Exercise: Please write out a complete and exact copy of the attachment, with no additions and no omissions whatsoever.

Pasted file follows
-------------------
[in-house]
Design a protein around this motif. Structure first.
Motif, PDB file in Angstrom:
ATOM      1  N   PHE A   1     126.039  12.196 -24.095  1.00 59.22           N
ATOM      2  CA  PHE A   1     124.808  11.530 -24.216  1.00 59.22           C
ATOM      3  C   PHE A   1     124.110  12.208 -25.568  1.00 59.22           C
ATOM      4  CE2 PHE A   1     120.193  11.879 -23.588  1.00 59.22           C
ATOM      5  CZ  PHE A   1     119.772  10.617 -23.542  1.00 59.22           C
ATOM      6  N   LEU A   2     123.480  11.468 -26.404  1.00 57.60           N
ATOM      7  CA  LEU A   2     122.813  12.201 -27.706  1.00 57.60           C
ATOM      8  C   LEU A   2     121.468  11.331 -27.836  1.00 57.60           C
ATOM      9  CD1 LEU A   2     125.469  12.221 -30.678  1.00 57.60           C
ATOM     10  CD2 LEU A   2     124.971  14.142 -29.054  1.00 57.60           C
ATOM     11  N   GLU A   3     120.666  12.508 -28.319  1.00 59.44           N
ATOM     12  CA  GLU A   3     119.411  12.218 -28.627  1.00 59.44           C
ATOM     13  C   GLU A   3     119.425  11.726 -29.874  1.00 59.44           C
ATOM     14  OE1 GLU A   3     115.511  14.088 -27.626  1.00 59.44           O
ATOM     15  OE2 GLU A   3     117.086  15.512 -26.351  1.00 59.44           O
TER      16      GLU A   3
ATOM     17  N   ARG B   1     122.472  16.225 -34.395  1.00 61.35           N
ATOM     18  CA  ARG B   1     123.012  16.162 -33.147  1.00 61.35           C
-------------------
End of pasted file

[in-house]
Design a protein around this motif. Structure first.
Motif, PDB file in Angstrom:
ATOM      1  N   PHE A   1     126.039  12.196 -24.095  1.00 59.22           N
ATOM      2  CA  PHE A   1     124.808  11.530 -24.216  1.00 59.22           C
ATOM      3  C   PHE A   1     124.110  12.208 -25.568  1.00 59.22           C
ATOM      4  CE2 PHE A   1     120.193  11.879 -23.588  1.00 59.22           C
ATOM      5  CZ  PHE A   1     119.772  10.617 -23.542  1.00 59.22           C
ATOM      6  N   LEU A   2     123.480  11.468 -26.404  1.00 57.60           N
ATOM      7  CA  LEU A   2     122.813  12.201 -27.706  1.00 57.60           C
ATOM      8  C   LEU A   2     121.468  11.331 -27.836  1.00 57.60           C
ATOM      9  CD1 LEU A   2     125.469  12.221 -30.678  1.00 57.60           C
ATOM     10  CD2 LEU A   2     124.971  14.142 -29.054  1.00 57.60           C
ATOM     11  N   GLU A   3     120.666  12.508 -28.319  1.00 59.44           N
ATOM     12  CA  GLU A   3     119.411  12.218 -28.627  1.00 59.44           C
ATOM     13  C   GLU A   3     119.425  11.726 -29.874  1.00 59.44           C
ATOM     14  OE1 GLU A   3     115.511  14.088 -27.626  1.00 59.44           O
ATOM     15  OE2 GLU A   3     117.086  15.512 -26.351  1.00 59.44           O
TER      16      GLU A   3
ATOM     17  N   ARG B   1     122.472  16.225 -34.395  1.00 61.35           N
ATOM     18  CA  ARG B   1     123.012  16.162 -33.147  1.00 61.35           C